-- Last Updated: Sep-05-05 8:44 PM EST --

Next question of maybe many. I need a paddle and was wondering what is the norm for length? I am 6'2", if that will factor into the formula. I borrowed a friends kayak a couple of weeks ago to 'test the water', so to speak, and I think his paddle was 230 cm. Seemed to work good, but again it was the only one I ever used so hard to compare. Not too sure I liked the offset in his, although it was adjustable. What is the advantage of this? I tried my canoe paddle and it worked OK too, but would take some getting used to. Be slower too I imagine.

I am 6’3" I use a 240cm, I dont like the offset paddles. I use the 90 degree paddle. I have and “Aqua-Bound” 240cm works great for me got it for $50.00 new, after season sale. Hope you find one that works.

Check the archives …
There are several good discussions on paddle sizing in the archives.

Your height is not of much significance. You torso length may be more appropriate.

Some of the manufacturer’s websites have helpful infomation:

(torso length)

(nice diagram of high vs. low angle paddling)


the old finger tips
There is a formula that i read and found pretty decent. Stand up, raise your arm, and your finger tips should just curl over the blade. That worked for me to narrow down the feild a bit when shopping. now i know which sizes and types I like, but for early purchases it works well.


There are really two issues:
paddle length and offset (feathering). I’m sure much can be found in the archives about both. Like most things in paddling, it depends on what kind of kayaking you’re doing and personal preference. If you regularly paddle 12 miles in the wind, you probably will want a longer paddle because you will want a more relaxed touring stroke and you will probably want to feather your paddle to decrease wind resistance. If you are paddling shorter distances or for exercise and want a more aggressive stroke, you will probably want a shorter paddle. If you paddle mostly when there is no wind, you probably won’t feather your paddle. It also depends a bit on how wide your boat is. The wider the boat, the more likely you’ll want a longer paddle.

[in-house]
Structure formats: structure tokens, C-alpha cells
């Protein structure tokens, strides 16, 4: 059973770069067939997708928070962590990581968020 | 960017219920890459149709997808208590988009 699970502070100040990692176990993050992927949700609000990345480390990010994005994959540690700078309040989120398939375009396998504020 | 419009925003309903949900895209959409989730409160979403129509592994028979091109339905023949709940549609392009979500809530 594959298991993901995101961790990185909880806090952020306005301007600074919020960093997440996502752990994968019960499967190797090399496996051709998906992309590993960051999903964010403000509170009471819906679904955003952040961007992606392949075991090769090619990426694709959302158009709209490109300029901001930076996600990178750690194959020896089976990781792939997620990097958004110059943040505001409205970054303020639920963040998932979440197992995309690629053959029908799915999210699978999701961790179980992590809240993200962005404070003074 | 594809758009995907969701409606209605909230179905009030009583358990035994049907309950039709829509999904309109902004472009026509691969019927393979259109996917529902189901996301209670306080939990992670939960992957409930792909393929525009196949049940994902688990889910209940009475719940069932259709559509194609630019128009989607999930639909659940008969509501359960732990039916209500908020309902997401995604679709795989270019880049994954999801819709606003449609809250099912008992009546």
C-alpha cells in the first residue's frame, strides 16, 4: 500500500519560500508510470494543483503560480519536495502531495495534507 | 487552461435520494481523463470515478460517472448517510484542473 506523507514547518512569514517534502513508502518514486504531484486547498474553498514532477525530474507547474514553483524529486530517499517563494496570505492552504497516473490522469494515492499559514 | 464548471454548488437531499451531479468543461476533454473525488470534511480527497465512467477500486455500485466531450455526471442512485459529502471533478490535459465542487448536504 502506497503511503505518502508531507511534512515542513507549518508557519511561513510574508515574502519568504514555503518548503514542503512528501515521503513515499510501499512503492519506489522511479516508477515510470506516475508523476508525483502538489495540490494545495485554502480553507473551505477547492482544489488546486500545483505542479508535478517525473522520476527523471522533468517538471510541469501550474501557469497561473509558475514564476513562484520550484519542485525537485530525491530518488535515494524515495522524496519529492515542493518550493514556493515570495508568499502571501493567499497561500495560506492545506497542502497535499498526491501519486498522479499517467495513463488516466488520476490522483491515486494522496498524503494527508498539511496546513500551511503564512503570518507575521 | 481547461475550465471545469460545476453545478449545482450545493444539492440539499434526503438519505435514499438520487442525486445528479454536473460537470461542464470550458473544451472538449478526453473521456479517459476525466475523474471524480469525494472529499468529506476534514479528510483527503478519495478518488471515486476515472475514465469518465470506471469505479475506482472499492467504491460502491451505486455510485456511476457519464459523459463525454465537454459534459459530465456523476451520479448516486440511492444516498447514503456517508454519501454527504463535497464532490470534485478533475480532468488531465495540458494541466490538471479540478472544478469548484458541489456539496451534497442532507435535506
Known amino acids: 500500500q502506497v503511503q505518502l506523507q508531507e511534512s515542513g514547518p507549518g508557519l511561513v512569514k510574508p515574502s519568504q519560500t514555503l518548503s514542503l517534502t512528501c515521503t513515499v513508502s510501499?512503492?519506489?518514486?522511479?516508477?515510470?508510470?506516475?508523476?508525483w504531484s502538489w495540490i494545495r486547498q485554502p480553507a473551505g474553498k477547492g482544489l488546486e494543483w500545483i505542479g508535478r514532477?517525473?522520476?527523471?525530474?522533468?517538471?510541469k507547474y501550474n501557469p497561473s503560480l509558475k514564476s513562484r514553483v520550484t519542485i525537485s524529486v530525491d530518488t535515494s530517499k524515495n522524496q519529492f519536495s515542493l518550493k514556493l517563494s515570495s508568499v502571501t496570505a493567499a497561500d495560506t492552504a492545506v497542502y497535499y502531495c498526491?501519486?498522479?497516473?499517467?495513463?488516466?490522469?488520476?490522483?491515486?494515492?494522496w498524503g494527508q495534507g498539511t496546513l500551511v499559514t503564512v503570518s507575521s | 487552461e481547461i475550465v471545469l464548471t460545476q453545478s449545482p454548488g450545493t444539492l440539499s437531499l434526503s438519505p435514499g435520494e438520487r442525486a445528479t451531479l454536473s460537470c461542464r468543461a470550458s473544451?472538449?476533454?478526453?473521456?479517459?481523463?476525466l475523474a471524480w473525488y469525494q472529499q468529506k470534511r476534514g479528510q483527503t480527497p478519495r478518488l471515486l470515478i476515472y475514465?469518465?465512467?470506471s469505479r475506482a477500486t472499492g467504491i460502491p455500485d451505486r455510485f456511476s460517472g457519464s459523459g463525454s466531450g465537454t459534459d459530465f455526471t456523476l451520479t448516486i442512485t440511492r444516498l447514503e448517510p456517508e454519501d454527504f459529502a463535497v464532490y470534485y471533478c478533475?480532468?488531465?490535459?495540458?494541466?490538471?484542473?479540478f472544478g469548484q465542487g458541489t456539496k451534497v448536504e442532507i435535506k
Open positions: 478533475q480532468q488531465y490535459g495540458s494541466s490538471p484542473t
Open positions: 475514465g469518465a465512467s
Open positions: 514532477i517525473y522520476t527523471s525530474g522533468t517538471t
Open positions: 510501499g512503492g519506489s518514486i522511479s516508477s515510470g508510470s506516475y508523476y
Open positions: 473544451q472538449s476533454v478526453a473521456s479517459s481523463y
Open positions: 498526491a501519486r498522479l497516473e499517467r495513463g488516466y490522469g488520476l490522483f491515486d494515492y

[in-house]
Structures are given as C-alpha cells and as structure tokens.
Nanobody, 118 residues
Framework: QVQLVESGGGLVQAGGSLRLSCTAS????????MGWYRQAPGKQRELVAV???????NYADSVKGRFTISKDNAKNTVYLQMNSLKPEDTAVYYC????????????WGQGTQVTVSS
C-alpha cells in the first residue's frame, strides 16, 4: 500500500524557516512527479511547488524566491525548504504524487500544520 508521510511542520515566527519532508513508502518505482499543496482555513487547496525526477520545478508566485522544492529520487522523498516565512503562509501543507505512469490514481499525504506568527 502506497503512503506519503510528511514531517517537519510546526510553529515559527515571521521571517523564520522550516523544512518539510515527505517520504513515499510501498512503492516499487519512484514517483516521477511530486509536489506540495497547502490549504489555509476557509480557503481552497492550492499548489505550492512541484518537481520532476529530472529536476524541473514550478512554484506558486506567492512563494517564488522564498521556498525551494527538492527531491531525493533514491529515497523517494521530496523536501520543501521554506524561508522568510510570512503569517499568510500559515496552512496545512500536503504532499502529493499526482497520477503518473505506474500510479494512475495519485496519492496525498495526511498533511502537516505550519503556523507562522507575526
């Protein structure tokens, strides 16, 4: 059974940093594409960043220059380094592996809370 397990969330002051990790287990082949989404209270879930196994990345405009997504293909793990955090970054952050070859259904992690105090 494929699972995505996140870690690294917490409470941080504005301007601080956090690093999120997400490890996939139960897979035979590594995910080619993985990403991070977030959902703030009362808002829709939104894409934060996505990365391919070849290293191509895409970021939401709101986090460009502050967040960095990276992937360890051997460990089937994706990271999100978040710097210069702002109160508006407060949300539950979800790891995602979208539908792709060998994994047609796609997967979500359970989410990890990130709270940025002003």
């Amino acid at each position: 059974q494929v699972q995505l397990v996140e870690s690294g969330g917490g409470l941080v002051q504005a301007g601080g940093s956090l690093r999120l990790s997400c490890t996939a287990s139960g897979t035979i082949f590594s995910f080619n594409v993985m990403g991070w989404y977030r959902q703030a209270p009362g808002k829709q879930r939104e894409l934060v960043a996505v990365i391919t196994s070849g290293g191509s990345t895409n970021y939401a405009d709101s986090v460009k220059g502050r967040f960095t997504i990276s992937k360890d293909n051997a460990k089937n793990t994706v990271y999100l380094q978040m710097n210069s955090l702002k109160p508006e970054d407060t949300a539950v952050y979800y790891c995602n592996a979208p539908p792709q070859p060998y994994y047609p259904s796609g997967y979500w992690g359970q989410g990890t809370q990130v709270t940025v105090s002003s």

One other thing about feathering. I recommend you try it for several weeks one way and then for several weeks the other way to see which feels more comfortable to you. And then pick one and stick with it. Don’t go back and forth between feathering and non-feathering. As you skills develop it will become more and more important to know the position of your paddle blade without thinking about it.

Personally, I’m 5’4", I do frequent long or multi-day trips. I regularly paddle in 15 knot winds. My boat is 22" wide. I use a bent shaft Werner carbon fiber 220 cm Kaliste and I feather it.

Preferences may vary.

Feather if you can
> If you paddle mostly when there is no wind, you probably won’t feather your paddle.

There probably aren’t many places where there is consistently no wind. I would say that you should try paddling with it feathered, and if that seems to work for you, stick with it. At some point, you will likely find yourself paddling into the wind.

A couple years ago, I bought a rec yak and figured that I was a lifer flatwater paddler with no interest in the ocean. But this past Monday, I found myself two miles offshore in four foot swells. Things change.

My paddling buddy tried feathering his paddle but found that it gave him wrist pain, so his choice was obvious.

Just like Kayaks
some paddles will work better for you that others. In addition to length, you have to consider blade shape, weight, straight or bent shaft. So if you can, try before you buy.

And learn to paddle with the blades feathered, the motion to twist the paddle becomes instinctive. If I try to paddle with and unfeathered paddle, my entire stroke goes spastic.

Actually it’s finger joint pain
I am sure my problem is technique. I thought I was getting arthritis in my knuckles but it disappeared over the winter. I do feel the push of the paddle in the wind. There is usually some kind of wind out there.

Trade offs
Paddling is a repetitive motion and as such you are subject to the physical problems that can produce. Feathering your paddle means that one wrist (the right one if you have a right hand control paddle) will be constantly bending back and forth. The more the feather the more the bending. Some people’s wrist can stand this, some develop problems. A neutral feather for most people is about 12 degrees. Note that an unfeathered paddle is not neutral. There will still be some wrist bending. If you want a paddle that avoids the wind resistance as much as possible get a 90 degree feather. I don’t recommend this and I think you will find you agree but that is the other end of the spectrum.